Nintendo’s customer service department explained to me that Wii Ware and Virtual Console games are not sold, per se. Rather, Wii points purchase licenses to play games on a single console. If your Wii malfunctions under warranty, you can have it repaired and your Wii Ware/Virtual Console games will be restored. If you are out of warranty, you can pay $85 plus tax to repair your console and restore your games.

If you want to upgrade/change your Wii (get a new color, for example), you’re out of luck: all your Wii Ware and Virtual Console downloads are tied to a single machine and cannot be transferred. If you want them on the new system, you’ll have to re-buy them. The lack of transferability in Wii Ware and Virtual Console games begs the question: was it not worth it to emulate other successful DRM, or was it worth it to not do so? I’d love to get an answer to that one.

The bottom line is this: great games like Fluidity deserve better support than what Nintendo is giving right now, and consumers should have the opportunity to never have to pay for the same game twice.

The More Things Change…
During his recent Game Developers Conference address, Satoru Iwata, President of Nintendo, said this: “I must admit that in the overall area of…digital downloads, Nintendo can do better. To date, our Wii Ware and DSi services have not operated as well as they should” (source, minute 32). This is encouraging, but still too vague. Then again, they say that admitting you have a problem is the first step to fixing it.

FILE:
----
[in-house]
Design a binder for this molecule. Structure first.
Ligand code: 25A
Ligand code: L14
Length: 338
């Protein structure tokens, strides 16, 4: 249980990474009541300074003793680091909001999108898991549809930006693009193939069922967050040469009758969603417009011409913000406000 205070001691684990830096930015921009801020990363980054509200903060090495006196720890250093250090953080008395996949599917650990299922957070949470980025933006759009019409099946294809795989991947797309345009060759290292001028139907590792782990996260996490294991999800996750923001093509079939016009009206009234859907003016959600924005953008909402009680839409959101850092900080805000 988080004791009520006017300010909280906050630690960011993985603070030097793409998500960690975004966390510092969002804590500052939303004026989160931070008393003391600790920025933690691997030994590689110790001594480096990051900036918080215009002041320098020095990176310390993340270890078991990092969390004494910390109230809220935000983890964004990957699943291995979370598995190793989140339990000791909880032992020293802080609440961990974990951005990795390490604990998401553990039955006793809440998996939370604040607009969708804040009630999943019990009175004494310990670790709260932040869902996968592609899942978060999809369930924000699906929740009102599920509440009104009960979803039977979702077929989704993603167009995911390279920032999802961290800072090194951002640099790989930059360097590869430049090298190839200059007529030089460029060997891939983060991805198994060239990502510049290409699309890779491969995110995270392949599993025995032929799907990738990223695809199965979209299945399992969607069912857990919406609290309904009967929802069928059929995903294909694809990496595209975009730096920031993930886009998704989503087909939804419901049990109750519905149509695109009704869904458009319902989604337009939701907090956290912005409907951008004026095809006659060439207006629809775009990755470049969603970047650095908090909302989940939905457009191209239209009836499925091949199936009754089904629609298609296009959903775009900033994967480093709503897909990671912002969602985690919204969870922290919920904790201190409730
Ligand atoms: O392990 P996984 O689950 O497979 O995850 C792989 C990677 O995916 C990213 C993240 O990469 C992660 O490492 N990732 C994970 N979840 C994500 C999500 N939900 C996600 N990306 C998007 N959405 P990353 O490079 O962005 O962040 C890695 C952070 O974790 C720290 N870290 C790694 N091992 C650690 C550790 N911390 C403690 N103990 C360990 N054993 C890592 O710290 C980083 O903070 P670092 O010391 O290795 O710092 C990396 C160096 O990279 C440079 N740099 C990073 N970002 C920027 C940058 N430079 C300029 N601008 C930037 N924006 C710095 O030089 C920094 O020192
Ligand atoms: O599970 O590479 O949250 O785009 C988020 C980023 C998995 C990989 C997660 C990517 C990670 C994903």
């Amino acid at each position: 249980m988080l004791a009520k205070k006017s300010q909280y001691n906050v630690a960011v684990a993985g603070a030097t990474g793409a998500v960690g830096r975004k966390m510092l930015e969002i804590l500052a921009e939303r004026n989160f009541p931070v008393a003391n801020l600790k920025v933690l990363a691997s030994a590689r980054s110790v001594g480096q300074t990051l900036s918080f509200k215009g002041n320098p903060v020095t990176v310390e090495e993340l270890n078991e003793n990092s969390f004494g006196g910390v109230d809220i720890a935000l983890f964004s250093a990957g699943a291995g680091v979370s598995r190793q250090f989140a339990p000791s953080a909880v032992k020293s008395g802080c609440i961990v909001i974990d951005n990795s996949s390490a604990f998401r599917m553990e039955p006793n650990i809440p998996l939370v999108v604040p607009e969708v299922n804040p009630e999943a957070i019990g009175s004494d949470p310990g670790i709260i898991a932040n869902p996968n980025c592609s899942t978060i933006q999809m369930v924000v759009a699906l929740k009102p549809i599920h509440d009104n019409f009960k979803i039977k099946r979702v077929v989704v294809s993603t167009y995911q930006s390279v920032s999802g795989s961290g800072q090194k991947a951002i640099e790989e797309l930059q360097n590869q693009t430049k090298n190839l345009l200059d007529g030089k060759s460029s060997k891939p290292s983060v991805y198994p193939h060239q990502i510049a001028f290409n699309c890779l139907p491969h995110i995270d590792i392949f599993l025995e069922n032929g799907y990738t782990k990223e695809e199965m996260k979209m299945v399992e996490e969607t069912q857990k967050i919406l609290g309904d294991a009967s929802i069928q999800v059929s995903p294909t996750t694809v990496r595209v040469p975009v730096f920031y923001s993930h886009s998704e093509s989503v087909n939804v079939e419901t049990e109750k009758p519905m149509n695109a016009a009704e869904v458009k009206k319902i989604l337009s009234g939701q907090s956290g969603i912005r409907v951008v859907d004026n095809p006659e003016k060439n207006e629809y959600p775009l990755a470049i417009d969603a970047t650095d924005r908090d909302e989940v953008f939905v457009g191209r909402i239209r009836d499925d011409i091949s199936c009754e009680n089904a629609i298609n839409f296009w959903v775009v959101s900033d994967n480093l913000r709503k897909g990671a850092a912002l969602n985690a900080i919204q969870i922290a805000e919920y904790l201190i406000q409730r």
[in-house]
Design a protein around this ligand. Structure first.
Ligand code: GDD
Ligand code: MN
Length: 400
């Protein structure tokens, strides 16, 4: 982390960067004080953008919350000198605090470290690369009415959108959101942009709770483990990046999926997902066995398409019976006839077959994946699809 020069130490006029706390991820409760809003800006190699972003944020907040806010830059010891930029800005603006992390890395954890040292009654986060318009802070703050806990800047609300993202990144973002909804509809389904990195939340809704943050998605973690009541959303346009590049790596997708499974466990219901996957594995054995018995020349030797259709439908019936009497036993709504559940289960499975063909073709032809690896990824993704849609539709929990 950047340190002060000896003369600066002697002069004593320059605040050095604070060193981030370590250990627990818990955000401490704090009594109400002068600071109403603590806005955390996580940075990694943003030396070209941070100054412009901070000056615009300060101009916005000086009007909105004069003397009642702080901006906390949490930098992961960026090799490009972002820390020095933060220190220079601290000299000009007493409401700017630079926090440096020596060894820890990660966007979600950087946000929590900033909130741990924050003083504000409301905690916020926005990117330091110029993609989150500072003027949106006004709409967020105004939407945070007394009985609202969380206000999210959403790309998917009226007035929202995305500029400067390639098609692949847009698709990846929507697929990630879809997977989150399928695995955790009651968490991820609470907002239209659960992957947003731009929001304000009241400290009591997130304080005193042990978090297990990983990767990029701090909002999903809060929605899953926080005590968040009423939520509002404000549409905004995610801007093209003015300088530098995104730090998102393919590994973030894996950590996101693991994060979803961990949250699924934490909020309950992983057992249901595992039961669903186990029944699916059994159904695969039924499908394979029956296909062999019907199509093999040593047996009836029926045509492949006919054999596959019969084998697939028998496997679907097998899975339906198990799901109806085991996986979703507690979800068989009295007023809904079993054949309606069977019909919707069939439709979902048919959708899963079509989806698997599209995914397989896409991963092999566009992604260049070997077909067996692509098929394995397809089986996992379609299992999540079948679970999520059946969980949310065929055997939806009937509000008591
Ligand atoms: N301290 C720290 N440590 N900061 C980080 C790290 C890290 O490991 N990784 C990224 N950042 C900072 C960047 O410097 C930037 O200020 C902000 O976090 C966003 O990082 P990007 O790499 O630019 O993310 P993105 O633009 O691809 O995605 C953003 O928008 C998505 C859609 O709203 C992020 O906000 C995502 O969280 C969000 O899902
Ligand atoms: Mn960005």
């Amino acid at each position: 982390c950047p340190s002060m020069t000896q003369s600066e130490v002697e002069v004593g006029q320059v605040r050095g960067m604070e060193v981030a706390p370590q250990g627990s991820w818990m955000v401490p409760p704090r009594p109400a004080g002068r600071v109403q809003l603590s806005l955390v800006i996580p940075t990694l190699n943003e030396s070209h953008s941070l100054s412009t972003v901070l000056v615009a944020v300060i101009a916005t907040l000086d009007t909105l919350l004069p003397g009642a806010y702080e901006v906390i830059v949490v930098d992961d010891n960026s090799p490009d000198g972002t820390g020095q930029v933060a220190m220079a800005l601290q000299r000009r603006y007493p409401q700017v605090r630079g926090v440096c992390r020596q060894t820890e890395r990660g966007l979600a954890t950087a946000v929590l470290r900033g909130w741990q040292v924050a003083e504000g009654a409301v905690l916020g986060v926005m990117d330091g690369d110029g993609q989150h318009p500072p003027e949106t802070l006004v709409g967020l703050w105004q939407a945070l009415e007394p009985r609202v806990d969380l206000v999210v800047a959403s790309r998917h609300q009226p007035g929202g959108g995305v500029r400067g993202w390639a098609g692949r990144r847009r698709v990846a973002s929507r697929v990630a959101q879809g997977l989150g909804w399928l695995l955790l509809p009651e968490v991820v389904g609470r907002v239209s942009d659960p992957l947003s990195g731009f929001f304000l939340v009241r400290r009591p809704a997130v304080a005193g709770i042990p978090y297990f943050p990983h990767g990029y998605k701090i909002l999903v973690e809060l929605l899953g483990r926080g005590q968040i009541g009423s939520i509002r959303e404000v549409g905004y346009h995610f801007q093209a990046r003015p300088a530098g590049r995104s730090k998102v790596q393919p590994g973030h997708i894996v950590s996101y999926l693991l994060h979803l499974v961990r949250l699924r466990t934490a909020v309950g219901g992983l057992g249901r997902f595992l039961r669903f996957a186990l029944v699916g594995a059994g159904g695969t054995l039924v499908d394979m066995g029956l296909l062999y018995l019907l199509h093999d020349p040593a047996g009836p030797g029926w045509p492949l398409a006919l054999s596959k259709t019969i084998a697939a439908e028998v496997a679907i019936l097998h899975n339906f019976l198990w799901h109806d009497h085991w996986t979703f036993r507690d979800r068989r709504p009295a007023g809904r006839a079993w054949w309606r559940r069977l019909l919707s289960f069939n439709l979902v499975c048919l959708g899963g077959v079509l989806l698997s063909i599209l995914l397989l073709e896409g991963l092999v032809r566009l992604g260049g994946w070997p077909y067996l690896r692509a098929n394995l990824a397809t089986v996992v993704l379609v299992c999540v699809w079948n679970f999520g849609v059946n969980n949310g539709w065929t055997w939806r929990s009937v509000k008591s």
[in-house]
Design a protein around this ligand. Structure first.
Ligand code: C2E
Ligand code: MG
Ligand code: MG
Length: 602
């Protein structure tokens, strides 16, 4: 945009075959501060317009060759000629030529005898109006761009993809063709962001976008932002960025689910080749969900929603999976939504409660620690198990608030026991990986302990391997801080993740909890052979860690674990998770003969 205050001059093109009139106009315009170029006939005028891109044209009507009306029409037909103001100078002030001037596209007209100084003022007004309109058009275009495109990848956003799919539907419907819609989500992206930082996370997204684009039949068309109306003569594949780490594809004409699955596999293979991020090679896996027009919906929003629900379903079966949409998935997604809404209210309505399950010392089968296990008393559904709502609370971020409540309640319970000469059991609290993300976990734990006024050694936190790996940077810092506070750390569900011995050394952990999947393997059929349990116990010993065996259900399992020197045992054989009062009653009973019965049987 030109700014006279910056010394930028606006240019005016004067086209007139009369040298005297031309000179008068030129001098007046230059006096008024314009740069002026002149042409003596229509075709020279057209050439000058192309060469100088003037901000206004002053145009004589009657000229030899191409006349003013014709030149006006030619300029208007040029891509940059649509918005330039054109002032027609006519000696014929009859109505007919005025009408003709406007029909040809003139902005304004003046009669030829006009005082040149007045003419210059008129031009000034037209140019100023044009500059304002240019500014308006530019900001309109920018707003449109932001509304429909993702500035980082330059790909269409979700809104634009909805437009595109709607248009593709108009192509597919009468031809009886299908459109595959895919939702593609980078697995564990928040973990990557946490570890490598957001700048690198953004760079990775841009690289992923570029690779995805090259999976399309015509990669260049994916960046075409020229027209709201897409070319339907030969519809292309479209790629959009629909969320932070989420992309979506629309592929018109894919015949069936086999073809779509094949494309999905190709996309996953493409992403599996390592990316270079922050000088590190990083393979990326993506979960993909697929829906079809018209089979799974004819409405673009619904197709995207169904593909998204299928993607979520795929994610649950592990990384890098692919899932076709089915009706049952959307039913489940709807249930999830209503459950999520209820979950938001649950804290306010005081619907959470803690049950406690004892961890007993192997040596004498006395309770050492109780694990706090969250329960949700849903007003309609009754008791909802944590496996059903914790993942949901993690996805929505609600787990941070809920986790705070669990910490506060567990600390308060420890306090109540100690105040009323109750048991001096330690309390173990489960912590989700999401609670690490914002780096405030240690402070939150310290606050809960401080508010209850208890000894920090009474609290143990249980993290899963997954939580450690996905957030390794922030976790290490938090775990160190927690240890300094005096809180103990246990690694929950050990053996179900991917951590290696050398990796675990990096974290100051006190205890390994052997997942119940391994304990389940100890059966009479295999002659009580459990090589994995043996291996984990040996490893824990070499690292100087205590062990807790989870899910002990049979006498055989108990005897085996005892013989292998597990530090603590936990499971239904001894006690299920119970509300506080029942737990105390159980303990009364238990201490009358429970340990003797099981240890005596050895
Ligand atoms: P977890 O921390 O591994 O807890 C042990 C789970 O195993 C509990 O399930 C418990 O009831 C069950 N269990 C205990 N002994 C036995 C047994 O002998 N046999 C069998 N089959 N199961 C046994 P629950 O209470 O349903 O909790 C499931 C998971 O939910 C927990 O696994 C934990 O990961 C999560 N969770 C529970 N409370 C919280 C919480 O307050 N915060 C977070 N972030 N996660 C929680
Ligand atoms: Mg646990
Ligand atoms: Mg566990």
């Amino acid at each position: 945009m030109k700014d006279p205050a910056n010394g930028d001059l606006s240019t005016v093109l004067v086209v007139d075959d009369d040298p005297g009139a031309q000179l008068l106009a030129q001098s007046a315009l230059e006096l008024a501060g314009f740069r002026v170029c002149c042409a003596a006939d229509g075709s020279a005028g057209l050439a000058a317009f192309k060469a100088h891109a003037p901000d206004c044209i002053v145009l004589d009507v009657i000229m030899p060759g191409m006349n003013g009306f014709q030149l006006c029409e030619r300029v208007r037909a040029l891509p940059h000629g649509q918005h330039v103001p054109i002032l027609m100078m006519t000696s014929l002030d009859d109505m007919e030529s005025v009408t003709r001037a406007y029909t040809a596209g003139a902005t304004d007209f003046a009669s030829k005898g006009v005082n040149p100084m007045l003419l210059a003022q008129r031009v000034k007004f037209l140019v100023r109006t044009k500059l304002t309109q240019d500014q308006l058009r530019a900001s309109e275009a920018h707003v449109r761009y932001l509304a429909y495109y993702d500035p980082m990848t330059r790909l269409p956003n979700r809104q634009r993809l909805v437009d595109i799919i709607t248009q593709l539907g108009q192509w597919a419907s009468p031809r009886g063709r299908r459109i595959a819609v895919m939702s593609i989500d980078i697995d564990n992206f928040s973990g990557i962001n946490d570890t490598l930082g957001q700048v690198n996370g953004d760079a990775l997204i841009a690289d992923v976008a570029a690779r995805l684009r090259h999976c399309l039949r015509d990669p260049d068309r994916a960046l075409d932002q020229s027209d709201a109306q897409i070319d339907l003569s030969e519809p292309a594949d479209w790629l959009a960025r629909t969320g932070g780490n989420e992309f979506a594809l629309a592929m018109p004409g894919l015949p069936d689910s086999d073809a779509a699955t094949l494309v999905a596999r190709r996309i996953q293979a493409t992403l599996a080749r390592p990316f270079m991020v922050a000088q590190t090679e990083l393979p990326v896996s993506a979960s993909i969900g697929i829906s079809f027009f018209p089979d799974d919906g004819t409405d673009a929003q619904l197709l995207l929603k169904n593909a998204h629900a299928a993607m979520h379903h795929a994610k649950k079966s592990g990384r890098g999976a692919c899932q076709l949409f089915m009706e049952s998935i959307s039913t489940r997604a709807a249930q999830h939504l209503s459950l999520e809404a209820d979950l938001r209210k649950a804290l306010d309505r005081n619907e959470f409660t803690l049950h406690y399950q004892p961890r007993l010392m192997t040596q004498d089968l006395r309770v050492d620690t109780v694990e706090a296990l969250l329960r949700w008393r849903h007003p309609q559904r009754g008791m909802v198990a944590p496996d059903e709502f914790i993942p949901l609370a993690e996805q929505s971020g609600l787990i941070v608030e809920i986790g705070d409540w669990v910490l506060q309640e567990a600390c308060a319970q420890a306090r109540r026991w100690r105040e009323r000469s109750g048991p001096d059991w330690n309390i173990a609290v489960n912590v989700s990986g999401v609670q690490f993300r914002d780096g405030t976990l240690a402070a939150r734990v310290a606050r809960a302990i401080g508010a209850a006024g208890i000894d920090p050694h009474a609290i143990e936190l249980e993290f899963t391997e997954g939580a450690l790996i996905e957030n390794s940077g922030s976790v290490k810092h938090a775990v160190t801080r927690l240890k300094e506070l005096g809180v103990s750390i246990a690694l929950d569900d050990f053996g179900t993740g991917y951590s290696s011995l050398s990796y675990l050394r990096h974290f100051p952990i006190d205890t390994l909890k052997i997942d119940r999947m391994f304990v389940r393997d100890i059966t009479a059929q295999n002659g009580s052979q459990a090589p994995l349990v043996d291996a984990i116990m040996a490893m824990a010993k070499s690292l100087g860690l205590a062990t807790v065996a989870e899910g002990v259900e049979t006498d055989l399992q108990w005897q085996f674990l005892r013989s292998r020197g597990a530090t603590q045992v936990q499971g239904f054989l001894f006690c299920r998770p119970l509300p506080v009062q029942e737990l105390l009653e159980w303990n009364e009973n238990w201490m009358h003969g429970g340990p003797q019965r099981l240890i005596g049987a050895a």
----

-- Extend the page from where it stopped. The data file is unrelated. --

Nintendo releases the 3DS later this month, and in May it will launch the eShop which will allow DSi owners to transfer DSiWare games to their new 3DS systems, with some conditions: the number of transfers may be limited, and not all games will be transferrable (source, source). Once again, encouraging, yet significant issues remain and nothing has been announced concerning the Wii. I guess the moral of the story is, READ THE EULA. That goes for me, too.

The Demo Gamer’s Advice
As of right now, I cannot recommend using Wii Ware or Virtual Console in any capacity. The DRM is just too restrictive. I do not plan to buy more games licenses exclusive to my Wii from either service until Nintendo moderates its piratephobia and reduces the anti-piracy burden on its consumers.

What’s your take? Is this a serious, do-not-want! sort of problem, or just something you need to deal with if you’re going to download games on the Wii? Sound off in the comments, I would love to know your opinion.


  1. Now that's content I can chew on. Great post! It is a very serious matter and I'm glad to read the Demo Gamer is taking a stand

  2. So what's your take, Brian? As a consumer, DRM really hurts, but even more so on the Wii. As a producer, what system works best to make sure that people can still make a living wage off their content, and is DRM even part of that system? The internet seems to be breaking down traditional publishing methods and reducing the number of middlemen between the content and the consumer.

  3. Hey Demo Dude...good article. I agree, Nintendo needs to pull their collective heads out. I have a Wii but I never play it much. I have never been much interested in Wiiware because of the whole points purchasing arrangement. That's always seemed kind of stupid. DRM can work for publishers and consumers...look at the success that Apple has had.